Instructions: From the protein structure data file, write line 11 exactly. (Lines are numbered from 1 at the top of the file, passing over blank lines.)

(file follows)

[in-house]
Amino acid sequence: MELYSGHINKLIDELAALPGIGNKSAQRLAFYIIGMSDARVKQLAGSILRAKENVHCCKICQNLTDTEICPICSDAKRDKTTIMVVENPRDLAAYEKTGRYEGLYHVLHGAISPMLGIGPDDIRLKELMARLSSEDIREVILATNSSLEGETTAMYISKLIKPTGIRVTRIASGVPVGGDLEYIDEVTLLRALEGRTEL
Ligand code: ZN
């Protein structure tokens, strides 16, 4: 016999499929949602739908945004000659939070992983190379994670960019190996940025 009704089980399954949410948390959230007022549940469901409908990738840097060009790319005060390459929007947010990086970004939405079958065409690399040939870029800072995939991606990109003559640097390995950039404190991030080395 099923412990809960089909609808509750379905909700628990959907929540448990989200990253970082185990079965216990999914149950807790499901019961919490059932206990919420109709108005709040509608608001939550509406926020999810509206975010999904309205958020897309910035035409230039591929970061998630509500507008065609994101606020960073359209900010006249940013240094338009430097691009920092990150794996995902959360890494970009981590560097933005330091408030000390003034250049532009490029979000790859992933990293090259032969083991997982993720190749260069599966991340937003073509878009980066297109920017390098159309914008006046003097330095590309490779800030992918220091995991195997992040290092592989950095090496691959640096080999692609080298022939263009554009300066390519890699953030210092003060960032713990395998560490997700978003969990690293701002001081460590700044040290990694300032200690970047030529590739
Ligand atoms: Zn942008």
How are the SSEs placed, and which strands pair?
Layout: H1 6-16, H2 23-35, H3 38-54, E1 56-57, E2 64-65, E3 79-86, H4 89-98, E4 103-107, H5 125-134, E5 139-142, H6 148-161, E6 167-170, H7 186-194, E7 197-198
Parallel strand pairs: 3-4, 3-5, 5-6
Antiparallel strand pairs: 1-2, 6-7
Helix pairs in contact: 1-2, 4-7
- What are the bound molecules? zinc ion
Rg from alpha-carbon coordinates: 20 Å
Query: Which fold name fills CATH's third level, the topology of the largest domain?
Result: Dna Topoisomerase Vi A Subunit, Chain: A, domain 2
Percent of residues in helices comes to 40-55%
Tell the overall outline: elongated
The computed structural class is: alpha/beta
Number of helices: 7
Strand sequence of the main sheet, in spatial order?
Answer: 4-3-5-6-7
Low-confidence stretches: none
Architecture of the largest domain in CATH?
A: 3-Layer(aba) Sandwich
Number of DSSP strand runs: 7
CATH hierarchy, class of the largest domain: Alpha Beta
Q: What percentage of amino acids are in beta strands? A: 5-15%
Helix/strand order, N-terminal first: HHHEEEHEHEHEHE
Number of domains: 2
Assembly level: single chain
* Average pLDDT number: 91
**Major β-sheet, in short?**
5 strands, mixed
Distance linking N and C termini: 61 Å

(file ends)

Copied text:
- What are the bound molecules? zinc ion